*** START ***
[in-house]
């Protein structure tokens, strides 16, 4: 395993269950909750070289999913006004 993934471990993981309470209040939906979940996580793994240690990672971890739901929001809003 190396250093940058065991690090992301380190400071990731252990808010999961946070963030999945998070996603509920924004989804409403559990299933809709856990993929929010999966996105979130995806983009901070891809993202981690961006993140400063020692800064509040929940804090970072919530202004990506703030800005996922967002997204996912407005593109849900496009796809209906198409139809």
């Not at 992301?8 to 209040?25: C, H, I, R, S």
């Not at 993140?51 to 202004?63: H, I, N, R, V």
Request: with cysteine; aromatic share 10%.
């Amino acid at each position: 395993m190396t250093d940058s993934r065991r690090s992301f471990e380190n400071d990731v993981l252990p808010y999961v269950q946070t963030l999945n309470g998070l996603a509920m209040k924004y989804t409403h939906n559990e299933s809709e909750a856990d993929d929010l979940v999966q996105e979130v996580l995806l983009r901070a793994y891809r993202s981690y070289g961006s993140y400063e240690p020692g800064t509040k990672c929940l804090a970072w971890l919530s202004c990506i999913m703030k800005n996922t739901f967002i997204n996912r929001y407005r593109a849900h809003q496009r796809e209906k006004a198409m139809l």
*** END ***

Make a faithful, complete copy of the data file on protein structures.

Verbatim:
[in-house]
């Protein structure tokens, strides 16, 4: 395993269950909750070289999913006004 993934471990993981309470209040939906979940996580793994240690990672971890739901929001809003 190396250093940058065991690090992301380190400071990731252990808010999961946070963030999945998070996603509920924004989804409403559990299933809709856990993929929010999966996105979130995806983009901070891809993202981690961006993140400063020692800064509040929940804090970072919530202004990506703030800005996922967002997204996912407005593109849900496009796809209906198409139809």
């Not at 992301?8 to 209040?25: C, H, I, R, S």
């Not at 993140?51 to 202004?63: H, I, N, R, V």
Request: with cysteine; aromatic share 10%.
């Amino acid at each position: 395993m190396t250093d940058s993934r065991r690090s992301f471990e380190n400071d990731v993981l252990p808010y999961v269950q946070t963030l999945n309470g998070l996603a509920m209040k924004y989804t409403h939906n559990e299933s809709e909750a856990d993929d929010l979940v999966q996105e979130v996580l995806l983009r901070a793994y891809r993202s981690y070289g961006s993140y400063e240690p020692g800064t509040k990672c929940l804090a970072w971890l919530s202004c990506i999913m703030k800005n996922t739901f967002i997204n996912r929001y407005r593109a849900h809003q496009r796809e209906k006004a198409m139809l």